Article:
STS agreement good for EU securitisation

Author: Lizzie Meager | Published: 31 May 2017
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European lawmakers have finally reached an agreement on the bloc’s plans for a new regulatory framework for securitisation, with the market welcoming the long-awaited milestone.

The Securitisation Regulation, a central pillar of the EU’s plan to build a capital market union (CMU), was first pitched in September 2015. 

The European asset-backed securities (ABS) market has not bounced back in the same way the US’ has following the crisis, so since 2015 policymakers have been working on plans to boost issuance while ensuring it is appropriately regulated.

"It is clearly a major milestone, and the positive signalling from the European legislative bodies is good for European securitisation," said Kevin Ingram, partner at Clifford Chance.

"Another plus is that key outstanding points – risk retention, private securitisations, third party verifications, for example – appear to have all ended up in reasonably sensible positions."

It’s clear that compromises have been made. Risk retention for example, a key bone of contention for many market participants, has been maintained at five percent. Some members of European Parliament (MEPs) including Paul Tang, who spearheaded the proposal on behalf of the parliament, had proposed increasing risk retention to 20% - which others had said would make originating ABS unappealing.

As was the case in earlier drafts, the simple, standardised and transparent (STS) securitisation label and subsequent preferential capital treatment is only available to securities originated within the EU, and there is no equivalence regime included within the proposals.

KEY TAKEAWAYS

  • European market participants have welcomed the long-awaited agreement of legislators on a new regulatory framework for securitisation, which involves preferential capital treatment for assets deemed simple, transparent and standardised;
  • The proposal looks substantially and materially different to what was first pitched in September 2015, but is broadly sensible;
  • To the great relief of the market, risk retention has been maintained at five percent;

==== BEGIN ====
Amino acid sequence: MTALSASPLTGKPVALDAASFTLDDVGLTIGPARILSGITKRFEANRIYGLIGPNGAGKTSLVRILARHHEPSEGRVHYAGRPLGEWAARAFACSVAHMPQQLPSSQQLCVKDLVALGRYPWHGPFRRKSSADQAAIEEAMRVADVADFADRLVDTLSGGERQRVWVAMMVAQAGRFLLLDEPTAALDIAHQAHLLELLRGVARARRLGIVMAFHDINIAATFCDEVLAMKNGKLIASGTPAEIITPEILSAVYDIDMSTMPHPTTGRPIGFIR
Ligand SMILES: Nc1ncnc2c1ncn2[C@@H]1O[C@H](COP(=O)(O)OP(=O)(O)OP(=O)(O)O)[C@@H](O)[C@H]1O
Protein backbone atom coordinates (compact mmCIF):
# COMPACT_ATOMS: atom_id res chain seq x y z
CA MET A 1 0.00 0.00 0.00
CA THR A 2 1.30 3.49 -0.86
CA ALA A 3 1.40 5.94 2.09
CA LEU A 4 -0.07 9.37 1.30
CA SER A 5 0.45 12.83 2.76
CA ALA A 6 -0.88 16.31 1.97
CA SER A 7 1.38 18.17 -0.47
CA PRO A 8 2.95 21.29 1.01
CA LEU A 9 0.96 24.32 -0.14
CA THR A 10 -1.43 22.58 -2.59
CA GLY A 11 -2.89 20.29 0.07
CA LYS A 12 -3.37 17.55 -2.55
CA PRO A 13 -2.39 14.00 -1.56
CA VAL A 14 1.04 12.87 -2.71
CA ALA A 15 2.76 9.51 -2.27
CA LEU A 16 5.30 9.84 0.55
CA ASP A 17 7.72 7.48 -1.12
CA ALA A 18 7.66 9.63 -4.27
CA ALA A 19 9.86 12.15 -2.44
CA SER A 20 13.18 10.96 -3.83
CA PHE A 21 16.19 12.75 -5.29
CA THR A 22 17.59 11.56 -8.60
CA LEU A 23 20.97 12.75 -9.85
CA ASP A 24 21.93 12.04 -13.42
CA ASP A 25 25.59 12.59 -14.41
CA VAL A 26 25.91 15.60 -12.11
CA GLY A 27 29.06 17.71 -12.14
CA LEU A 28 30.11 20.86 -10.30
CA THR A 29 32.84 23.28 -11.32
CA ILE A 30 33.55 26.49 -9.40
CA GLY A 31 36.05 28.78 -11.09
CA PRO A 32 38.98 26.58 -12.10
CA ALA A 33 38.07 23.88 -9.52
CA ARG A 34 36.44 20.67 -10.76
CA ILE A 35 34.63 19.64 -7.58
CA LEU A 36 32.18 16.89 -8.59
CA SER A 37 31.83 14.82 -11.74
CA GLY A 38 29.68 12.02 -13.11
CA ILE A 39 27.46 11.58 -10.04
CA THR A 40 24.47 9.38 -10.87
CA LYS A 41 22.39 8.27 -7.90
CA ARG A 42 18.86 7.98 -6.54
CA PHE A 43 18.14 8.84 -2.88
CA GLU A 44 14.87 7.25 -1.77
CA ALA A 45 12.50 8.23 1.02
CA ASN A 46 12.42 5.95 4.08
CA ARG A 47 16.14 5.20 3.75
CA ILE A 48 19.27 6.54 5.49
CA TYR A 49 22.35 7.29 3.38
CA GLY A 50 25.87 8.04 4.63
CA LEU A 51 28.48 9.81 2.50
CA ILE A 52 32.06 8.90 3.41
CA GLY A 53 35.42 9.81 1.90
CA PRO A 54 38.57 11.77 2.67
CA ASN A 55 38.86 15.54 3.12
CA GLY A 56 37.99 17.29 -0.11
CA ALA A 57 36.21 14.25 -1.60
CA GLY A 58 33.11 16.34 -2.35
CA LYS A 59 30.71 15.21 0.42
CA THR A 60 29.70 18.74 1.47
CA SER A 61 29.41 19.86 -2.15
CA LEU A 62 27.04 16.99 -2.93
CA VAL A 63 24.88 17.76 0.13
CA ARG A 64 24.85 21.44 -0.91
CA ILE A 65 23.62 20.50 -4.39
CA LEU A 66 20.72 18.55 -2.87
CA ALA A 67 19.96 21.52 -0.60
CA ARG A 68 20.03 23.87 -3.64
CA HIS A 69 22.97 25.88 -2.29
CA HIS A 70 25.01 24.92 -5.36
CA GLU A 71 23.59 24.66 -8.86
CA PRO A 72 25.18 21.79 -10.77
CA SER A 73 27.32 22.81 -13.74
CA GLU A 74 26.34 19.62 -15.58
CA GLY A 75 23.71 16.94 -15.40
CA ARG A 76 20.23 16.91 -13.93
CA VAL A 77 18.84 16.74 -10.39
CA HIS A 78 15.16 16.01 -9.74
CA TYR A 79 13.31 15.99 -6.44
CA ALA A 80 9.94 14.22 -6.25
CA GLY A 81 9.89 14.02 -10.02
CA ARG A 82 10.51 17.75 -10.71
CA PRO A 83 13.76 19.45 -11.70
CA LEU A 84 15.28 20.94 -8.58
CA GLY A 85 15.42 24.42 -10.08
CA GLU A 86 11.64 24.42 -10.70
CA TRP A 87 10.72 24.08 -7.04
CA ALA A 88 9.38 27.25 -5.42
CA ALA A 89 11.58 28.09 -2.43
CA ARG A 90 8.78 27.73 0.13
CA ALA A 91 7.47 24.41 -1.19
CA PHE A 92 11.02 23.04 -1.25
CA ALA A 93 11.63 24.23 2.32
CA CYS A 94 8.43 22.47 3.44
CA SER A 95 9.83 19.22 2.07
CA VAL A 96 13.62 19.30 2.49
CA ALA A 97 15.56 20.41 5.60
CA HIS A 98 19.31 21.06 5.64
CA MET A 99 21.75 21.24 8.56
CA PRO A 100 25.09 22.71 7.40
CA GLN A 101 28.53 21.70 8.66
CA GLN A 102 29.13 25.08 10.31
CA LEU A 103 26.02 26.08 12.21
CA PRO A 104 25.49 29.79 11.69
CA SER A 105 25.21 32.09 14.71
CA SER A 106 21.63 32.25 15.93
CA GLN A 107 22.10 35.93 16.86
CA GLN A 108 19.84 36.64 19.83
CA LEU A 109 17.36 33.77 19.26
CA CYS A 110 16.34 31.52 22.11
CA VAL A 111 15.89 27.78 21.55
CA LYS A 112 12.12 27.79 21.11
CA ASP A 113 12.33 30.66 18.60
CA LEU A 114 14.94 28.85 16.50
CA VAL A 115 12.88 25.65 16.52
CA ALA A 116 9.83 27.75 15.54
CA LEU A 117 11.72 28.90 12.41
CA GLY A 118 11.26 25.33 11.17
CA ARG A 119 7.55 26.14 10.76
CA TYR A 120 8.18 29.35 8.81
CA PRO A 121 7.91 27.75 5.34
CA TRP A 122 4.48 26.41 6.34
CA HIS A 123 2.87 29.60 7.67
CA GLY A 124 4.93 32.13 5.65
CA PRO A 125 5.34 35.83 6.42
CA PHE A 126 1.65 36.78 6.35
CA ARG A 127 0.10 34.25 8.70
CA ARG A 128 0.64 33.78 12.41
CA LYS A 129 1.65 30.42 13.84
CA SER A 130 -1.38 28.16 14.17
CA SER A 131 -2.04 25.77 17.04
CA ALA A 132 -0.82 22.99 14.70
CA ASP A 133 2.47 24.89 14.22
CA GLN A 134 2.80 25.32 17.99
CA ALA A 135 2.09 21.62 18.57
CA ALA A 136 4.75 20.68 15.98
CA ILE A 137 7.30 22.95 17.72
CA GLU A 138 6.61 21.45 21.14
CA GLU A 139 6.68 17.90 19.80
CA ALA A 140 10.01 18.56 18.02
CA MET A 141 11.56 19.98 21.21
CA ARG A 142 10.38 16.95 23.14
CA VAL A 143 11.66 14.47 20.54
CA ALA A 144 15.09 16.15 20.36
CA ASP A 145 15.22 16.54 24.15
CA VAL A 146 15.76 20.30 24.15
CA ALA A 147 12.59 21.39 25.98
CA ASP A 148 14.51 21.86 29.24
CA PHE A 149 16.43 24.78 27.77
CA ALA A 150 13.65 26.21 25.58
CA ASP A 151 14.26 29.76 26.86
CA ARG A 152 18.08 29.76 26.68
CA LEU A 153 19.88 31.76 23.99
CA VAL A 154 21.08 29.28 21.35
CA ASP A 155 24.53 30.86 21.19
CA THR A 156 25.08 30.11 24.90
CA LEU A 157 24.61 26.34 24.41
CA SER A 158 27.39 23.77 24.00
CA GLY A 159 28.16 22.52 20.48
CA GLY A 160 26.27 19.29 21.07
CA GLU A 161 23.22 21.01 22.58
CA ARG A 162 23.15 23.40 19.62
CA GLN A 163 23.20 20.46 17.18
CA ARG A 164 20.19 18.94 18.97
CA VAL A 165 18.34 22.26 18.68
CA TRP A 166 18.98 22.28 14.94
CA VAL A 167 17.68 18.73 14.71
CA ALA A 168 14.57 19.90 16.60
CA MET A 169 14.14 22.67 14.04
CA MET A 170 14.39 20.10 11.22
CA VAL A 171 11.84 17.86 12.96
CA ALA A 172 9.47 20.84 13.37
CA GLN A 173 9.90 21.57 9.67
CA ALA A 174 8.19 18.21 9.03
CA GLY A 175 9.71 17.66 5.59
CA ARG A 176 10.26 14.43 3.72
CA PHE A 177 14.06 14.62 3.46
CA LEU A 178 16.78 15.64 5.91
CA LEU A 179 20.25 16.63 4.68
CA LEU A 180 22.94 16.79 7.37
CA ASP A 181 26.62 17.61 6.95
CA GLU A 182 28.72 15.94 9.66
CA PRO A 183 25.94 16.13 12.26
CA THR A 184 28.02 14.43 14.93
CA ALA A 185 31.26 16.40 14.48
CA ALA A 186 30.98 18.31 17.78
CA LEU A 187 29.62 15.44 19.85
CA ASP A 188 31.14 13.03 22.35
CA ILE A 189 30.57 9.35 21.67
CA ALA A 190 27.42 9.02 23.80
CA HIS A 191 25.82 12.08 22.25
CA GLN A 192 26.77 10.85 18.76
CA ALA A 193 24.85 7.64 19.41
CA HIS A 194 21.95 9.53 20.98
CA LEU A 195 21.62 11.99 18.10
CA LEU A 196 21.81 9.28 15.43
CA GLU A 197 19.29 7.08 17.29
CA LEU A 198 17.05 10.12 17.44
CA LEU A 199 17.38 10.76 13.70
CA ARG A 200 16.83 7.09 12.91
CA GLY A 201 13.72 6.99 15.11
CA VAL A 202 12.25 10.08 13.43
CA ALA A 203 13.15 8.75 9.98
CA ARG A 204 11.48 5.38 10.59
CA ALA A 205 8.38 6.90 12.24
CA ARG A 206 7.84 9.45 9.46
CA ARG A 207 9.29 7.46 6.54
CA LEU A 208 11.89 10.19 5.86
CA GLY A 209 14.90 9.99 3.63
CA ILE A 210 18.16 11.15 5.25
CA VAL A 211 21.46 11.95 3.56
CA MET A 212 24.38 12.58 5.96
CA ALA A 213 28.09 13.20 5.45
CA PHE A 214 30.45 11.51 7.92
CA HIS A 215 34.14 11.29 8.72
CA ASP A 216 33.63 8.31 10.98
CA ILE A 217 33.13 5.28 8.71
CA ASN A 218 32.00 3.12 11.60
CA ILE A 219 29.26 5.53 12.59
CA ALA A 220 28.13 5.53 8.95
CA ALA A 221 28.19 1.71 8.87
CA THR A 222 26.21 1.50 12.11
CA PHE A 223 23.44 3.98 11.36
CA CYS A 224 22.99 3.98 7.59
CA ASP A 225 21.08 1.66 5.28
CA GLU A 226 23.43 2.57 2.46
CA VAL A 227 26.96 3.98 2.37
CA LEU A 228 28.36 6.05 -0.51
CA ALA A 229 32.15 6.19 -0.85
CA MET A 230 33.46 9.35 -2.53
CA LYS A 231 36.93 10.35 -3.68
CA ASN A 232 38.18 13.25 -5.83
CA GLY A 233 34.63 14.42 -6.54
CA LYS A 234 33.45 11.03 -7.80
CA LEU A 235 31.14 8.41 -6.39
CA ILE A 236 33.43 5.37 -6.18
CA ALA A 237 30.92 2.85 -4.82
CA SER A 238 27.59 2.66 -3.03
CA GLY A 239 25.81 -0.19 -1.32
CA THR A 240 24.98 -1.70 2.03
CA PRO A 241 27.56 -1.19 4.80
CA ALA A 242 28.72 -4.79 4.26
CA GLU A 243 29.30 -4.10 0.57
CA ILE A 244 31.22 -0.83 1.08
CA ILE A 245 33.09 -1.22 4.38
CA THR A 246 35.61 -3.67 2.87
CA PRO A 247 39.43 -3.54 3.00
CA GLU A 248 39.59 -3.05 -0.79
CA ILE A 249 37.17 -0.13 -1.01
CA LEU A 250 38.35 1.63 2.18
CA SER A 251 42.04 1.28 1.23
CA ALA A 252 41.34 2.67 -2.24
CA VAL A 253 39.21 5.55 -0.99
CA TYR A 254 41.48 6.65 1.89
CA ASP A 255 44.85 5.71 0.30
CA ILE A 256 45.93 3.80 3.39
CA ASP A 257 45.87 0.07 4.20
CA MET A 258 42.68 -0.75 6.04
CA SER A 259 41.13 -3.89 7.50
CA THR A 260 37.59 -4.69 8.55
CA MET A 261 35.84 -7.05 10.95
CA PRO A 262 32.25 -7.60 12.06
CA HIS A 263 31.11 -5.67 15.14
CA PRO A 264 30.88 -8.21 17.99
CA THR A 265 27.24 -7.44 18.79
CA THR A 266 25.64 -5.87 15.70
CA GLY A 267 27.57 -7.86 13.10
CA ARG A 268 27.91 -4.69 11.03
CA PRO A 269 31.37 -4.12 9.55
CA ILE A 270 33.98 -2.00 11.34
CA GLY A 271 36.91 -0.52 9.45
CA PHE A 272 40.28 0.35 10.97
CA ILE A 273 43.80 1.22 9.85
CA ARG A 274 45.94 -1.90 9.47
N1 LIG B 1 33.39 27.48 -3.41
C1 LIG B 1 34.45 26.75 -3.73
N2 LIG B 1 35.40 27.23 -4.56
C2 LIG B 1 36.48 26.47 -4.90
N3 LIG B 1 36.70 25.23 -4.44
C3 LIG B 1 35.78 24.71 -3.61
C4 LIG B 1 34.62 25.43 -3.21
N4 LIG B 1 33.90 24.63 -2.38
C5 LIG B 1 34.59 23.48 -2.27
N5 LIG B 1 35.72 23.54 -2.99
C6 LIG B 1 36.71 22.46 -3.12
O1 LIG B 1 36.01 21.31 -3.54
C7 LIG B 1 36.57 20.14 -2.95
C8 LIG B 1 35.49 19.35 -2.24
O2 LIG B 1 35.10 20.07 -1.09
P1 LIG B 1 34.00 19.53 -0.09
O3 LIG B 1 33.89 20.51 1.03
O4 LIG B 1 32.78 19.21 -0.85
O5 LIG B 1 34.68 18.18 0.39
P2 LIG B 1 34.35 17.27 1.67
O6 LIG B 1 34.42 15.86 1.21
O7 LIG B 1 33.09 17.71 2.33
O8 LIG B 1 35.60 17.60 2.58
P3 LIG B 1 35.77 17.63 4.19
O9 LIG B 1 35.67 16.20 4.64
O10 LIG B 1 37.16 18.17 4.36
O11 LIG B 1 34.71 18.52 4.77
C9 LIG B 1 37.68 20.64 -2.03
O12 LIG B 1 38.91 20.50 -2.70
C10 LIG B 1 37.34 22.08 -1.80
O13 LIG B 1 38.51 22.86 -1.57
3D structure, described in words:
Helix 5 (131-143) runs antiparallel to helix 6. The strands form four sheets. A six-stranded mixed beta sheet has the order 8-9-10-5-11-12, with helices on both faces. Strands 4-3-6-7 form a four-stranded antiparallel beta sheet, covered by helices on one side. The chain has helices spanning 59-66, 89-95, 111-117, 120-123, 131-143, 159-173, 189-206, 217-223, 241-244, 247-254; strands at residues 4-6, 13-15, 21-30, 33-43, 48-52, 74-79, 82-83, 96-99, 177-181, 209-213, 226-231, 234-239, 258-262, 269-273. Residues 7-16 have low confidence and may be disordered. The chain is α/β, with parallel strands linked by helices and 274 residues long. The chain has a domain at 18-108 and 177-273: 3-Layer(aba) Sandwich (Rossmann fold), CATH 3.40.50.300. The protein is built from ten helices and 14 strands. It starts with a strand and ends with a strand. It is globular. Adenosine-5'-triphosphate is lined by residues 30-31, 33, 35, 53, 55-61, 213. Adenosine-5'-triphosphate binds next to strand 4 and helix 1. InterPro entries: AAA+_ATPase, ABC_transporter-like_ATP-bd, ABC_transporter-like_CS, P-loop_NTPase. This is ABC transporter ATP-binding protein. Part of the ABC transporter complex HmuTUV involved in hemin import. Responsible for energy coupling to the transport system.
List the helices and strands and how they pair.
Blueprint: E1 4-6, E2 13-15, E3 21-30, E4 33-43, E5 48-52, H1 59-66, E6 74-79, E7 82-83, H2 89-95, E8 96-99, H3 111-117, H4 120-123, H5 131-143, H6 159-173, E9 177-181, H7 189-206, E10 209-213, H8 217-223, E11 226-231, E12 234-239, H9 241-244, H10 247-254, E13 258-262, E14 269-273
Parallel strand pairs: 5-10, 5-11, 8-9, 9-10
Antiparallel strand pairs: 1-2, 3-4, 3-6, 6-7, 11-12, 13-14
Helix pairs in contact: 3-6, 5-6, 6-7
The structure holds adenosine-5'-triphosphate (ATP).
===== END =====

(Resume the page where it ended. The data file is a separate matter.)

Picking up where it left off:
• There is no equivalence regime at present, which raises some issues surrounding Brexit;
  • Lawyers have stressed the importance of consistency across member states and appropriate timing.

When STS was first pitched there had been significant noise from the US, where market participants complained of a protectionist regime that shut out external markets for no clear reason.

"The US approached securitisation reform in a different way, in broad terms tidying up the market more on the asset side than purely through greater regulation of securitisation itself," explained Ingram.

"Consequently, to then add another layer of qualifying types of transactions is just not a logical direction for them to go in," he added.


"Stringent capital requirements make resecuritisations largely uneconomic anyway"


Plus, the US simply does not need preferential treatment for its securitisation market, which has not suffered the same reputational and regulatory challenges as in Europe.

A much bigger concern surrounding equivalence is of course Brexit. But given the current incredibly early stage of EU-UK negotiations, it makes sense not to tackle equivalence just yet.

Previously included restrictions on cross-border investments have also been dropped from the proposal. This had been a major concern among many market participants.

An expected ban on resecuritisation is also included in the text. Pablo Portugal, advocacy director at the Association for Financial Markets in Europe, said that he never saw the ban as desirable or necessary in the first place.

"Stringent capital requirements make resecuritisations largely uneconomic anyway, so they are rare," he said. "It's understandable that the Parliament wanted to include a ban, subject to appropriate definitions and exemptions, but important facets of this need to be clear in the texts."

Meanwhile David Shearer, securitisation partner at Norton Rose Fulbright in London said he is concerned that the finalised proposal will give member states an opportunity to goldplate their own frameworks – including the possibility of introducing criminal or administrative sanctions.

"If that does occur it will create a web of compliance issues that could discourage cross-border securitisation and runs contrary to the stated aim of the CMU," he added.

While the news has been unanimously welcomed, this is by no means the end of the road for securitisation practitioners. A huge amount of technical work now needs to be done, including developing the level two rules.

Formal signoff is expected in mid-July, and the market should have the final text by the end of this year. The official implementation date is July 1 2018.

Issuance is slowly getting there. Last week Volkswagen placed the largest Spanish auto securitisation since the crisis, at €1 billion ($1.12 billion).

Amendments to risk weight floors under Solvency II, the key regulation affecting European insurers and often preventing them from participating in securitisations, are also due imminently.

Clifford Chance’s Andrew Bryan highlighted the importance of timing here.

"If the two are introduced at the same time, it will have an either neutral or positive effect on the market," he said. "If lawmakers stagger them, with increased bank capital coming before capital relief for insurers, they might just shut it down altogether."

See also

Basel criteria places STC burden on investors
Europe’s £6.2 billion RMBS signals changing tide

 


 

 

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